Repetitive strain injury (RSI) is a term used to describe a pain syndrome most commonly affecting the arms, wrists, neck and hands caused by carrying out repetitive tasks and activities such as typing on a keyboard or lifting and carrying. RSI is also sometimes referred to as overuse injury and work-related upper limb disorder.


Nobody knows why some people develop RSI whilst others (who carry out the same repetitive task) do not.

Factors that appear to increase your risk of developing it include: long periods spent doing the same activity without taking breaks; regular lifting and carrying; poor posture; using equipment that vibrates; and working in a cold environment.

One school of thought says psychosocial workplace factors – notably stress at work – are a contributory factor. Stress is known to increase muscle tension.


These can range from mild to severe but tend to involve pain and tenderness in your muscles and joints.

Symptoms include: throbbing; numbness; cramping; tingling; muscle weakness and tightness; and cramps. They tend to be more painful when you are carrying out the activity that is the trigger, but the pain can persist when you are resting. Often there are no visible signs like swelling or inflammation.

For this reason, symptoms tend to be divided into two categories: type 1 RSI which involve recognised medical conditions including tendonitis (tendon inflammation) and carpal tunnel syndrome (nerve compression in the wrist); and type 2 RSI where symptoms do not fit into a known syndrome or show visible symptoms.


There is no single or specific test for RSI, and your doctor will start by taking a detailed history to identify what is causing your discomfort and pain. You might be diagnosed with a recognised problem such as tendinopathy (tendon inflammation). If symptoms do not fit into any immediately obvious condition with symptoms such as swelling, you are likely to be diagnosed with type 2 RSI.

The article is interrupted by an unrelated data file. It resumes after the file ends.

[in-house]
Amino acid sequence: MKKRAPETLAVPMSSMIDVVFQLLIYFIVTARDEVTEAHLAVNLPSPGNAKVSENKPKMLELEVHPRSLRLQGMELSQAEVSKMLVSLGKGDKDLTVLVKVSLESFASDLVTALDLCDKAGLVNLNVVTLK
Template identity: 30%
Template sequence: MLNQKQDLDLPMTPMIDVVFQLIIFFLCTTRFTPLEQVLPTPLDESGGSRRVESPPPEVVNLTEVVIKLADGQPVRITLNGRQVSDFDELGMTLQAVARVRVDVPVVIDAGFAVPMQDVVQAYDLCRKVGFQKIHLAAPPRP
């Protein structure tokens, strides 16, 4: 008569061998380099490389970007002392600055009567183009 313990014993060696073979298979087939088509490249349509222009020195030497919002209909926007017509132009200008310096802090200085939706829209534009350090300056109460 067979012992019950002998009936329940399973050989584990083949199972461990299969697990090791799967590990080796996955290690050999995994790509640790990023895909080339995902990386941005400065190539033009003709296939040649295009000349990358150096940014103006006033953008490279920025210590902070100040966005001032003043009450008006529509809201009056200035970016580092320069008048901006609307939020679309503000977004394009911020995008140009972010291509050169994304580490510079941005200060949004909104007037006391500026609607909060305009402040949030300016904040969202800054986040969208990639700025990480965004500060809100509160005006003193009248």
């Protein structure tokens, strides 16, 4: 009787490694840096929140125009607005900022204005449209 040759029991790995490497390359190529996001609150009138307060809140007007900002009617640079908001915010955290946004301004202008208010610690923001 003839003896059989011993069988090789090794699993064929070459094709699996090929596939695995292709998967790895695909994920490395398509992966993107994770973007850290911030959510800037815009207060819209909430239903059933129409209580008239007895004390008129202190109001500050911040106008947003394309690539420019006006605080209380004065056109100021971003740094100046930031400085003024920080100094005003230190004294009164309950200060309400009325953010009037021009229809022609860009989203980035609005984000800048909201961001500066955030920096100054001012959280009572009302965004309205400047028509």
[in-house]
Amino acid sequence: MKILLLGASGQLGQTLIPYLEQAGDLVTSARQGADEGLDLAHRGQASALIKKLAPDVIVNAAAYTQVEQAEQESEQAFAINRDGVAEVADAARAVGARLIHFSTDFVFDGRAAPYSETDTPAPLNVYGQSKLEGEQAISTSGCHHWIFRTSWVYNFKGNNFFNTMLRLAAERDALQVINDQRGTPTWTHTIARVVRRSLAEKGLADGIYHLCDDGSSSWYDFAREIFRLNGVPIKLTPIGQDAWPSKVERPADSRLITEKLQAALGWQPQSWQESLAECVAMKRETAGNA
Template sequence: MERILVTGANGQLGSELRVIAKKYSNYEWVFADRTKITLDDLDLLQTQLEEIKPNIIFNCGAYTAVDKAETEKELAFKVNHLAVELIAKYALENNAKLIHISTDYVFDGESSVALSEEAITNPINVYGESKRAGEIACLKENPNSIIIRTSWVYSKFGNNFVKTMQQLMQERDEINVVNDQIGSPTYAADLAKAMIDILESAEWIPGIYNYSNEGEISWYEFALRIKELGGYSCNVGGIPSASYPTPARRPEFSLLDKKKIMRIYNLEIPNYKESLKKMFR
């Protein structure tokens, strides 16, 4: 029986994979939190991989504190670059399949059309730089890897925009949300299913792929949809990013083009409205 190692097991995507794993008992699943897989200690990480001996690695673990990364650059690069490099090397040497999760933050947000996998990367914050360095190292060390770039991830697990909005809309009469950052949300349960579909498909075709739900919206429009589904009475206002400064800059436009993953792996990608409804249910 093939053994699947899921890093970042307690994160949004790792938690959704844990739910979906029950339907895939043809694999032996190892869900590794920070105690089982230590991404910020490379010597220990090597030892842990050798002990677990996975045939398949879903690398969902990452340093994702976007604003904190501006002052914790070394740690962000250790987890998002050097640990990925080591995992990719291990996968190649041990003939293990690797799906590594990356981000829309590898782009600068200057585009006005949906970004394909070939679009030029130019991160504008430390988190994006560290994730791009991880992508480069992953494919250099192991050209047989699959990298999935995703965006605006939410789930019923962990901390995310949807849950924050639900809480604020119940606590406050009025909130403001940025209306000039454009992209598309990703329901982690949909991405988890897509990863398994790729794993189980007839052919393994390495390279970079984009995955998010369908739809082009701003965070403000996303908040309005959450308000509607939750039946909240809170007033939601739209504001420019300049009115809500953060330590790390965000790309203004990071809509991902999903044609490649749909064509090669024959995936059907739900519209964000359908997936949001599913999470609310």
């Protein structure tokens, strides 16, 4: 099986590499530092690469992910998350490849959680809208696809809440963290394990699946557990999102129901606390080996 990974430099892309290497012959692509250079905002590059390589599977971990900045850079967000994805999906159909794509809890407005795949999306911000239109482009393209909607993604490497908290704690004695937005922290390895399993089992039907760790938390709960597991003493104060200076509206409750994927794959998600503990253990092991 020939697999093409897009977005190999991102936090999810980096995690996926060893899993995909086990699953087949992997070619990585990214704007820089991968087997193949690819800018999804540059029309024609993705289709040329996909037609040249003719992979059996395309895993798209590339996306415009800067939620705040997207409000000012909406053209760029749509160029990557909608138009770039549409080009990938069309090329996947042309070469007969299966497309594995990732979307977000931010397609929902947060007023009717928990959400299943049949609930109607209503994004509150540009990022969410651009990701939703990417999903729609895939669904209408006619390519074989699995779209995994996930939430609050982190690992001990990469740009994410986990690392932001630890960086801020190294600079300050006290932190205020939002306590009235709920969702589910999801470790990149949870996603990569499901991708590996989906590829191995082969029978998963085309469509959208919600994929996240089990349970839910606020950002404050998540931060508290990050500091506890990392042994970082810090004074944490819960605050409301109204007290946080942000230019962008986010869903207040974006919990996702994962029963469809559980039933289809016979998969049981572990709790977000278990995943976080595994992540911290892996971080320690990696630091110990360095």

In some cases, a blood test might be done to check for evidence of inflammatory joint disease. In the case of a type 1 RSI condition, x-rays and scans might be ordered to assess if surgery is needed.

Who gets RSI?

Potentially anybody who is performing repetitive tasks and activities. These days this includes lots of people who use keyboards, but it also includes nurses and shop workers. Figures from the Health and Safety Executive reveal there were 526,000 cases of work-related musculoskeletal disorders in 2013/14. Statistics also suggest women suffer more than men and older workers more than younger ones.

However, younger people now also appear to be at risk because of their heavy use of new technology. A study at Boston University found 50 per cent of students reported neck, shoulder and back pain related to laptop computer usage. The charity RSI Action says there are now cases of seven year olds with serious RSI conditions.


Many people get better within three to six months by using self-help treatments. Standard advice is to stop, or reduce, how much time you spend on the task that appears to be causing your symptoms. This isn't always possible if this is your livelihood, so experts suggest at least adjusting your work set-up to reduce strain, whilst improving posture and taking regular breaks.

Over-the-counter painkillers such as ibuprofen or paracetamol can also help, and a hot or cold compress pack may ease symptoms. Regular hand and arm exercises help strengthen your muscles. Try 'the prayer stretch': put your hands together as if in prayer and gently push one hand against the other to one side. Hold this position for up to 30 seconds and repeat on the opposite side. Aim to do this every time you take a break.

Relaxation techniques, swimming and walking may also be beneficial. If self-help treatments don't work, you may be referred to a physiotherapist who can help you improve strength in the affected muscles with specific exercises. They can also offer transcutaneous nerve stimulation (TENS) – which uses mild electric impulses to numb pain – and ultrasound therapy. For type 1 RSI conditions, where there is evidence of inflammation, a steroid injection may be recommended.

Research suggests diet can also play a part in reducing inflammatory symptoms of RSI and other joint conditions. Omega 3 fatty acids from oily fish, nuts and seeds, and in supplement form, can reduce inflammation and appear to increase joint mobility in conditions like rheumatoid arthritis (RA).<>Another source of omega 3 fatty acids is the New Zealand green lipped mussel. <> Research suggests that, together with conventional treatment, green-lipped mussel extract provides clinical benefit to people with mild to moderate osteoarthritis. Studies have also shown curcumin, a compound in the spice turmeric, reduces pain, inflammation and stiffness related to osteoarthritis (OA) .

Nothing beats a healthy, balanced diet to provide all the nutrients we need. But when this isn't possible, supplements can help. This article isn't intended to replace medical advice. Please consult your healthcare professional before trying supplements or herbal medicines.

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